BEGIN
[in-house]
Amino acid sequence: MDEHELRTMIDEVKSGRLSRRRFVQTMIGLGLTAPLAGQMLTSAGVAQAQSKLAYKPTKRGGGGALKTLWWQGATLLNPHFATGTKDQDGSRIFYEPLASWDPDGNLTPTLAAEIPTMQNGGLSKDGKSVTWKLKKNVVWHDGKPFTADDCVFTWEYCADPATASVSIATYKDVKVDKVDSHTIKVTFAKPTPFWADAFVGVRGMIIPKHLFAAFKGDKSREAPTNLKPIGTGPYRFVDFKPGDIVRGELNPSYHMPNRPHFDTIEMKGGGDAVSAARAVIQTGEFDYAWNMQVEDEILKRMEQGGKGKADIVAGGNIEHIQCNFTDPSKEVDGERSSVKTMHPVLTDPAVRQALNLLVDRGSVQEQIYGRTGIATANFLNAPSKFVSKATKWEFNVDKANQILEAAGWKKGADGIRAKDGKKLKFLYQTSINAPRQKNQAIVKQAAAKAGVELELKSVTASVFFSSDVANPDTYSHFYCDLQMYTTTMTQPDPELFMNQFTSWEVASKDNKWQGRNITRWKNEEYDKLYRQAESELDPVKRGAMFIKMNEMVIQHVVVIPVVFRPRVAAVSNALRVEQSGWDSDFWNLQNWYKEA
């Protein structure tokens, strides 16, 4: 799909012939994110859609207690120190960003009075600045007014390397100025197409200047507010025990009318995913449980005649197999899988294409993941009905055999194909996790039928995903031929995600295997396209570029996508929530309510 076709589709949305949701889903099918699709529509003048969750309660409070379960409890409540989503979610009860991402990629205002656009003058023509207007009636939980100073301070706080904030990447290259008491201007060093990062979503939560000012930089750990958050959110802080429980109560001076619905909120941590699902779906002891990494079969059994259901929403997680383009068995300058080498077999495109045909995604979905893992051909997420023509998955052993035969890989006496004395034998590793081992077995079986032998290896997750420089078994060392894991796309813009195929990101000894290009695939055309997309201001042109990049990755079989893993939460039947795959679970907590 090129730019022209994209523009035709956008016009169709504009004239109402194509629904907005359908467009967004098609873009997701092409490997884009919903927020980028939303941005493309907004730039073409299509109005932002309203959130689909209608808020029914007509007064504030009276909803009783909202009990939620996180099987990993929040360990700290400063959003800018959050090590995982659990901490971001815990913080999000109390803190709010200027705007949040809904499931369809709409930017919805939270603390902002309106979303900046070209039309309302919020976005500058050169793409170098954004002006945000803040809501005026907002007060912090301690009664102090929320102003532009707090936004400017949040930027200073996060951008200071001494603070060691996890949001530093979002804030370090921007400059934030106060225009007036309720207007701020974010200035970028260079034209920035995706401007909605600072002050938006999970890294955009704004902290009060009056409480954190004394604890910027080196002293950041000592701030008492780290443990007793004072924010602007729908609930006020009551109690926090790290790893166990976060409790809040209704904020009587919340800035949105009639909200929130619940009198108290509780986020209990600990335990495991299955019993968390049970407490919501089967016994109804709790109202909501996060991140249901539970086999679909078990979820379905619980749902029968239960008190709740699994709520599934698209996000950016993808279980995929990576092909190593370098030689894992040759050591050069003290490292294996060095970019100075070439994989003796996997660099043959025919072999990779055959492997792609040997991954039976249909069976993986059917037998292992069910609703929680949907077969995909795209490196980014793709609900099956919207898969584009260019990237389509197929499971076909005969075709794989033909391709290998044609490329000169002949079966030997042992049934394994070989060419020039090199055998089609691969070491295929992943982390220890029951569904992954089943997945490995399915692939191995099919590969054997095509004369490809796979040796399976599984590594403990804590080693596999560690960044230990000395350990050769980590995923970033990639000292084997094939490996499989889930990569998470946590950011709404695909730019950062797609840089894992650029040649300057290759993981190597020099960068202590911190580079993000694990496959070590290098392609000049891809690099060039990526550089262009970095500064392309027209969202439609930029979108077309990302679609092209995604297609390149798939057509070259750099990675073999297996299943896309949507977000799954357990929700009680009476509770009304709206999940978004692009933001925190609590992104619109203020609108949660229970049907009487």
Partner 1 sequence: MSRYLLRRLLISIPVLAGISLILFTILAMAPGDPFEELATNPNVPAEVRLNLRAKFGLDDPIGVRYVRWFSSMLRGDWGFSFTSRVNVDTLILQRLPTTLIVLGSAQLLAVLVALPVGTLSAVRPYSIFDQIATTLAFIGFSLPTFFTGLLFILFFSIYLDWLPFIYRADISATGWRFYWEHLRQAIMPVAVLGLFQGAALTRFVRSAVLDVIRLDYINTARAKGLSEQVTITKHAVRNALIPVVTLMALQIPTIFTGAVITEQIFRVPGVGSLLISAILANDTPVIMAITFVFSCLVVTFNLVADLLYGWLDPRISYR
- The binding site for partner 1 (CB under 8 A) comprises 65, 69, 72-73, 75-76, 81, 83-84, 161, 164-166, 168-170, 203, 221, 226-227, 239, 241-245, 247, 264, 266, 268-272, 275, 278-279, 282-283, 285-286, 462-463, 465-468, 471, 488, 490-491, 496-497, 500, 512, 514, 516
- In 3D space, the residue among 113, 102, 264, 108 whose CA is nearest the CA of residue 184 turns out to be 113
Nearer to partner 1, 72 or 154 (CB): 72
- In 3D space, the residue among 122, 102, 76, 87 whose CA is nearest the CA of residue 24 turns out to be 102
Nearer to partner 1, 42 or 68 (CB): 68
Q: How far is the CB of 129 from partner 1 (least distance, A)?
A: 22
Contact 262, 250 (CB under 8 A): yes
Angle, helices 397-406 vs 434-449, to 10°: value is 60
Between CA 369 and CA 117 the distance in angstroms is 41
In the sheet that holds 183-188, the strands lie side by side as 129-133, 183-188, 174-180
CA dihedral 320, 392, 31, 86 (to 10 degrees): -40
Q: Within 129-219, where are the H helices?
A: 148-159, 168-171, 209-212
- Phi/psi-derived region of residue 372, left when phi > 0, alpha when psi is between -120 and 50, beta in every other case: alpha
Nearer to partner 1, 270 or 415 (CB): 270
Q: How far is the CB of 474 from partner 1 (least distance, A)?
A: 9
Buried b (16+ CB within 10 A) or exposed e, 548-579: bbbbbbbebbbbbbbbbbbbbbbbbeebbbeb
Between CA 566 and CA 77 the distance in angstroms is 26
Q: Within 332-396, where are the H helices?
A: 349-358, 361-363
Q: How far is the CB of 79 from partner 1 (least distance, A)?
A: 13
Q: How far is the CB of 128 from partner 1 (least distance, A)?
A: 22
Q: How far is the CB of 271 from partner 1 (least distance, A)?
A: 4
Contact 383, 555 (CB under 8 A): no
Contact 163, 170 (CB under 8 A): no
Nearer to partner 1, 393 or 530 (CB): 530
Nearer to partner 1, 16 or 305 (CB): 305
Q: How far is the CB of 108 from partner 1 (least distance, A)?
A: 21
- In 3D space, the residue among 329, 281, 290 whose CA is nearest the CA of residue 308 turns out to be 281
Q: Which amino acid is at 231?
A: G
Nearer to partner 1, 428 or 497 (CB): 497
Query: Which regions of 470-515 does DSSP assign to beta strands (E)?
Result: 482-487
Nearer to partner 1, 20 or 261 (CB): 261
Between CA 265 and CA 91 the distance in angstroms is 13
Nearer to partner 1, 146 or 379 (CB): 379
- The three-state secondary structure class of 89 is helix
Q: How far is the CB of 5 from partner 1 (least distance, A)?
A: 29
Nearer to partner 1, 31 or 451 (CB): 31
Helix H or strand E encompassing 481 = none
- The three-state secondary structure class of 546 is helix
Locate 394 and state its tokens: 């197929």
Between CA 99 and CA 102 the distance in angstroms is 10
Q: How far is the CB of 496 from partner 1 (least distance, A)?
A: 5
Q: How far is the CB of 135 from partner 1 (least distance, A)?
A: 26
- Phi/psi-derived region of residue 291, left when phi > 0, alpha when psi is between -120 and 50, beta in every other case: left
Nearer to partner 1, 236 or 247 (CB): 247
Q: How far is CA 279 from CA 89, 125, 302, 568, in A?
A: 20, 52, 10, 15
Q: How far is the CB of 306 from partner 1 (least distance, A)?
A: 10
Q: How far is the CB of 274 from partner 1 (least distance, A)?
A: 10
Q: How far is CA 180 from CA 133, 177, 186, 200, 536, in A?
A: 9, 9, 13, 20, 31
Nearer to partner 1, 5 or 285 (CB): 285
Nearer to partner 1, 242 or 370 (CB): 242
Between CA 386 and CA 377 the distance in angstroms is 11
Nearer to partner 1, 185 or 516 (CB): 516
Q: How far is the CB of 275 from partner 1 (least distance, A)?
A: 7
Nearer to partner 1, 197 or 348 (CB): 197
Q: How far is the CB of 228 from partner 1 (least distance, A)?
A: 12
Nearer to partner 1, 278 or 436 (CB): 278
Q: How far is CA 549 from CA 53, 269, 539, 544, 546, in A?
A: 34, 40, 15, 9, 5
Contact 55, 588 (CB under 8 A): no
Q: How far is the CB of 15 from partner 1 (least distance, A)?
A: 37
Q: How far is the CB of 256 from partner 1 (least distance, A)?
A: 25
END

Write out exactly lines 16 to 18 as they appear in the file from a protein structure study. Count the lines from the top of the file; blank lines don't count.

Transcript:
CA dihedral 320, 392, 31, 86 (to 10 degrees): -40
Q: Within 129-219, where are the H helices?
A: 148-159, 168-171, 209-212